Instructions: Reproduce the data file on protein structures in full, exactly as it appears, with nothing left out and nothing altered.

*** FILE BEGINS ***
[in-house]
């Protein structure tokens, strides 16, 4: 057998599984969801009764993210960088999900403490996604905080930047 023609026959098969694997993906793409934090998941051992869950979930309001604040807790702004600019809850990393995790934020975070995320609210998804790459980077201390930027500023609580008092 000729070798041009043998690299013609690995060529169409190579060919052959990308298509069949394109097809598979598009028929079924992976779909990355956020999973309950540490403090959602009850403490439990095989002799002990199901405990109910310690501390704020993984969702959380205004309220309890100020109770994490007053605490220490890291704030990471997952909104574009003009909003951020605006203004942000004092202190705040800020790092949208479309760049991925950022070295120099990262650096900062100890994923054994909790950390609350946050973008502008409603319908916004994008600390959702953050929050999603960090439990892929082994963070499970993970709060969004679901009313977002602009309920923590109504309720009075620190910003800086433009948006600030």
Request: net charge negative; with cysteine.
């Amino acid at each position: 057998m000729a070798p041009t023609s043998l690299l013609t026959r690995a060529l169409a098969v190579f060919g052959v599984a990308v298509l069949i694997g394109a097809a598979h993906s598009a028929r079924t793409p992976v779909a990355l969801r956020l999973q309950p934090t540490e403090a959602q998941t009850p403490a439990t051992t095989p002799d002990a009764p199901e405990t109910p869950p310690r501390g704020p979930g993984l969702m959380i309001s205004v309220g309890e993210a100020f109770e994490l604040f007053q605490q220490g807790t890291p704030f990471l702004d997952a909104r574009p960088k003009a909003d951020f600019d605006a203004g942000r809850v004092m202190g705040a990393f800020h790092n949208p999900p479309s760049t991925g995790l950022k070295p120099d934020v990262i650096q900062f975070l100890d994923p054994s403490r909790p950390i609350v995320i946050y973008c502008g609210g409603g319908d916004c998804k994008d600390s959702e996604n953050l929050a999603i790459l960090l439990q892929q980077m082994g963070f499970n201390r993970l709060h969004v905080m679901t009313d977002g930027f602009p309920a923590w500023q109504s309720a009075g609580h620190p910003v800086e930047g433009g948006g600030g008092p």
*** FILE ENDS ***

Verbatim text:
[in-house]
């Protein structure tokens, strides 16, 4: 057998599984969801009764993210960088999900403490996604905080930047 023609026959098969694997993906793409934090998941051992869950979930309001604040807790702004600019809850990393995790934020975070995320609210998804790459980077201390930027500023609580008092 000729070798041009043998690299013609690995060529169409190579060919052959990308298509069949394109097809598979598009028929079924992976779909990355956020999973309950540490403090959602009850403490439990095989002799002990199901405990109910310690501390704020993984969702959380205004309220309890100020109770994490007053605490220490890291704030990471997952909104574009003009909003951020605006203004942000004092202190705040800020790092949208479309760049991925950022070295120099990262650096900062100890994923054994909790950390609350946050973008502008409603319908916004994008600390959702953050929050999603960090439990892929082994963070499970993970709060969004679901009313977002602009309920923590109504309720009075620190910003800086433009948006600030």
Request: net charge negative; with cysteine.
């Amino acid at each position: 057998m000729a070798p041009t023609s043998l690299l013609t026959r690995a060529l169409a098969v190579f060919g052959v599984a990308v298509l069949i694997g394109a097809a598979h993906s598009a028929r079924t793409p992976v779909a990355l969801r956020l999973q309950p934090t540490e403090a959602q998941t009850p403490a439990t051992t095989p002799d002990a009764p199901e405990t109910p869950p310690r501390g704020p979930g993984l969702m959380i309001s205004v309220g309890e993210a100020f109770e994490l604040f007053q605490q220490g807790t890291p704030f990471l702004d997952a909104r574009p960088k003009a909003d951020f600019d605006a203004g942000r809850v004092m202190g705040a990393f800020h790092n949208p999900p479309s760049t991925g995790l950022k070295p120099d934020v990262i650096q900062f975070l100890d994923p054994s403490r909790p950390i609350v995320i946050y973008c502008g609210g409603g319908d916004c998804k994008d600390s959702e996604n953050l929050a999603i790459l960090l439990q892929q980077m082994g963070f499970n201390r993970l709060h969004v905080m679901t009313d977002g930027f602009p309920a923590w500023q109504s309720a009075g609580h620190p910003v800086e930047g433009g948006g600030g008092p």